The previous article I posted was on solar bonds issued by an Ontario, Canada cooperative. This model could be viable in Colorado, due to a broad exemption for securities issued by co-ops. This can help finance solar garden subscriptions for low and moderate income individuals. (Not coincidentally, our group is in the process of starting a cooperative).
As we approach grid parity, it seems likely we will likely see more solar-backed financial instruments.
Here's what a Virginia company has done in partnership with their local credit union. They are offering an above-market rate to their CD customers and a below-market rate to finance solar arrays. I believe this model could be replicated just about everywhere, given willing credit unions.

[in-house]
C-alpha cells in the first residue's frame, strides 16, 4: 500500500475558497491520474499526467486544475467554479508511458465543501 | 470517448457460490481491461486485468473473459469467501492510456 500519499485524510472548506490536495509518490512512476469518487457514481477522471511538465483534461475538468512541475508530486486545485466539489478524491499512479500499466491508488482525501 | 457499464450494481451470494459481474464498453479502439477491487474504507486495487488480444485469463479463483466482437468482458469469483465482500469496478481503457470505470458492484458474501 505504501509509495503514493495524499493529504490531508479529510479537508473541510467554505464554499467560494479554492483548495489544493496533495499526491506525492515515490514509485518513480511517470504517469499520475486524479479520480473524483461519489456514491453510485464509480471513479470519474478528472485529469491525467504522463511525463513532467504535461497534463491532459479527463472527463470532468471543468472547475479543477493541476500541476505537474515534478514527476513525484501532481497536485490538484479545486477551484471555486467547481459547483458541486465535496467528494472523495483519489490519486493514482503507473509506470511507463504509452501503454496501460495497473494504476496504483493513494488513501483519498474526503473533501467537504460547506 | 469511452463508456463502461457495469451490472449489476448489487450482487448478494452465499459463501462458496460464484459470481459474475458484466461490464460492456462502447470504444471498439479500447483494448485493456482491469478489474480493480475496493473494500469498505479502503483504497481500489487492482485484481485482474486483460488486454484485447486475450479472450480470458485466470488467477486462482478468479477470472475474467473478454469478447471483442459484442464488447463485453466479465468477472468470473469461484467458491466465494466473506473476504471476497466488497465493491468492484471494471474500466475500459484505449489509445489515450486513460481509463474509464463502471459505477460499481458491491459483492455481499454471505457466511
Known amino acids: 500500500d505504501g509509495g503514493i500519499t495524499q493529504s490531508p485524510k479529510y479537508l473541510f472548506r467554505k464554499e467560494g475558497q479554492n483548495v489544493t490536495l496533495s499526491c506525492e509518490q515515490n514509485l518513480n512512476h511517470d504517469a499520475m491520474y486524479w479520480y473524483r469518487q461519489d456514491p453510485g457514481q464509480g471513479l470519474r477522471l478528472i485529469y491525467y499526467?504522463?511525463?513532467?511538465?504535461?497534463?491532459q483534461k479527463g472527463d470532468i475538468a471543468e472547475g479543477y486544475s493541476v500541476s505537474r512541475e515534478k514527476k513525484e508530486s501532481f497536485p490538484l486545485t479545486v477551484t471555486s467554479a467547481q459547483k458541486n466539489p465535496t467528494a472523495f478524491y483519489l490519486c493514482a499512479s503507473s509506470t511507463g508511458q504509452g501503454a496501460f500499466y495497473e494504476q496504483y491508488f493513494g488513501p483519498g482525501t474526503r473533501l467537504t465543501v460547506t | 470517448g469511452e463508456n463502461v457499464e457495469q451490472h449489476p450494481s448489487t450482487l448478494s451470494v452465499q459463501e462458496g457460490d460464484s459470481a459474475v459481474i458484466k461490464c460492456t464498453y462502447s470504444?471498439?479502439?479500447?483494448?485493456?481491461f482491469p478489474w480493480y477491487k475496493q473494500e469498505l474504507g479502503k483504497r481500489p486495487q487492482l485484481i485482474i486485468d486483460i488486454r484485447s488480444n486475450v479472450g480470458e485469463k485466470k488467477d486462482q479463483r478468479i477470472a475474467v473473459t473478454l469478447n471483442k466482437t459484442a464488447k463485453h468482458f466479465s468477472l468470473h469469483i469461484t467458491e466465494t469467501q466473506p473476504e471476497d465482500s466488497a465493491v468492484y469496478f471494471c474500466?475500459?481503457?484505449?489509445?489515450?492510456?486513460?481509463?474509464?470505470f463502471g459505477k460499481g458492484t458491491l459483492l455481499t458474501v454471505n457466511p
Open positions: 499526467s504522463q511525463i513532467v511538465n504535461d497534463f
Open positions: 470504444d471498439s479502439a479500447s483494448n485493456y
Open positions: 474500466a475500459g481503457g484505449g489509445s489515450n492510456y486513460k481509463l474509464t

Secure Futures LLC, developer of the 104 kW solar energy system at Eastern Mennonite University, today announced that it has closed a $110,000 loan backed entirely by the nation’s first ever “Solar Certificate of Deposit.”
Sold through Park View Federal Credit Union, based in Harrisonburg, funds collected by the Solar CDs will secure a $110,000 loan from Park View to Community Solar LLC, a subsidiary of Secure Futures that operates the array of 328 photovoltaic panels hosted at EMU, the largest solar energy system in the state of Virginia.
New Resource Bank in California offers a similar program. It has a $25,000 minimum deposit (let me check my pockets!)